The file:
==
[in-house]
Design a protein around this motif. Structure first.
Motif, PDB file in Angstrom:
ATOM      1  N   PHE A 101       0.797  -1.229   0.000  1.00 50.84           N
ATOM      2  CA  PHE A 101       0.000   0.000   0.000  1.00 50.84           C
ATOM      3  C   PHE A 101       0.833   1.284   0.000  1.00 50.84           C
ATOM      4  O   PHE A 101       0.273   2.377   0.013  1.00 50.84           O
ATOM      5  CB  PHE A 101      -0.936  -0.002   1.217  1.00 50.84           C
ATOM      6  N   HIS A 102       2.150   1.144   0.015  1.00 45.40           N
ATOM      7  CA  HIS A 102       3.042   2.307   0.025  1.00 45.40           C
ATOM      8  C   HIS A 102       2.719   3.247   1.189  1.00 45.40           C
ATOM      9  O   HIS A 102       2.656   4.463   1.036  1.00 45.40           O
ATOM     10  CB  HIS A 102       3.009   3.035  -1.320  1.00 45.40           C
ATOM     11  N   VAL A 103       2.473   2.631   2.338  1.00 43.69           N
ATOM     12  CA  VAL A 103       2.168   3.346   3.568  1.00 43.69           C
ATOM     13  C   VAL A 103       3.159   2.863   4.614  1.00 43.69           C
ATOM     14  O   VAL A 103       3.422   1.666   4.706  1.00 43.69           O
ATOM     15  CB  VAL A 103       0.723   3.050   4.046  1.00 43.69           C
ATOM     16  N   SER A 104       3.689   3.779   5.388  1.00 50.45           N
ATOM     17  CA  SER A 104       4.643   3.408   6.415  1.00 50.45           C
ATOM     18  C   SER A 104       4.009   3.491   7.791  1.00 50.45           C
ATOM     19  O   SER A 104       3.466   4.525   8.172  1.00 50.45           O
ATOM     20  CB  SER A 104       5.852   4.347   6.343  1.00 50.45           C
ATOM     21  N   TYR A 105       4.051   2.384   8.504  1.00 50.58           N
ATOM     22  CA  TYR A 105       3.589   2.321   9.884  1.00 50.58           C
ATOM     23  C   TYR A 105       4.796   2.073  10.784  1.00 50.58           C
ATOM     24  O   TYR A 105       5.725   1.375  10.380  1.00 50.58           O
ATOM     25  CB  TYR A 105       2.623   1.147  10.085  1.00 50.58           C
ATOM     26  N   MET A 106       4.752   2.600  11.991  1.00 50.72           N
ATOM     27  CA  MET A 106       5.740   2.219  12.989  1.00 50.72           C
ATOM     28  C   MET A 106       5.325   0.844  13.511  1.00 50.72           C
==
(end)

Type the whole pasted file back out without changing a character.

[in-house]
Design a protein around this motif. Structure first.
Motif, PDB file in Angstrom:
ATOM      1  N   PHE A 101       0.797  -1.229   0.000  1.00 50.84           N
ATOM      2  CA  PHE A 101       0.000   0.000   0.000  1.00 50.84           C
ATOM      3  C   PHE A 101       0.833   1.284   0.000  1.00 50.84           C
ATOM      4  O   PHE A 101       0.273   2.377   0.013  1.00 50.84           O
ATOM      5  CB  PHE A 101      -0.936  -0.002   1.217  1.00 50.84           C
ATOM      6  N   HIS A 102       2.150   1.144   0.015  1.00 45.40           N
ATOM      7  CA  HIS A 102       3.042   2.307   0.025  1.00 45.40           C
ATOM      8  C   HIS A 102       2.719   3.247   1.189  1.00 45.40           C
ATOM      9  O   HIS A 102       2.656   4.463   1.036  1.00 45.40           O
ATOM     10  CB  HIS A 102       3.009   3.035  -1.320  1.00 45.40           C
ATOM     11  N   VAL A 103       2.473   2.631   2.338  1.00 43.69           N
ATOM     12  CA  VAL A 103       2.168   3.346   3.568  1.00 43.69           C
ATOM     13  C   VAL A 103       3.159   2.863   4.614  1.00 43.69           C
ATOM     14  O   VAL A 103       3.422   1.666   4.706  1.00 43.69           O
ATOM     15  CB  VAL A 103       0.723   3.050   4.046  1.00 43.69           C
ATOM     16  N   SER A 104       3.689   3.779   5.388  1.00 50.45           N
ATOM     17  CA  SER A 104       4.643   3.408   6.415  1.00 50.45           C
ATOM     18  C   SER A 104       4.009   3.491   7.791  1.00 50.45           C
ATOM     19  O   SER A 104       3.466   4.525   8.172  1.00 50.45           O
ATOM     20  CB  SER A 104       5.852   4.347   6.343  1.00 50.45           C
ATOM     21  N   TYR A 105       4.051   2.384   8.504  1.00 50.58           N
ATOM     22  CA  TYR A 105       3.589   2.321   9.884  1.00 50.58           C
ATOM     23  C   TYR A 105       4.796   2.073  10.784  1.00 50.58           C
ATOM     24  O   TYR A 105       5.725   1.375  10.380  1.00 50.58           O
ATOM     25  CB  TYR A 105       2.623   1.147  10.085  1.00 50.58           C
ATOM     26  N   MET A 106       4.752   2.600  11.991  1.00 50.72           N
ATOM     27  CA  MET A 106       5.740   2.219  12.989  1.00 50.72           C
ATOM     28  C   MET A 106       5.325   0.844  13.511  1.00 50.72           C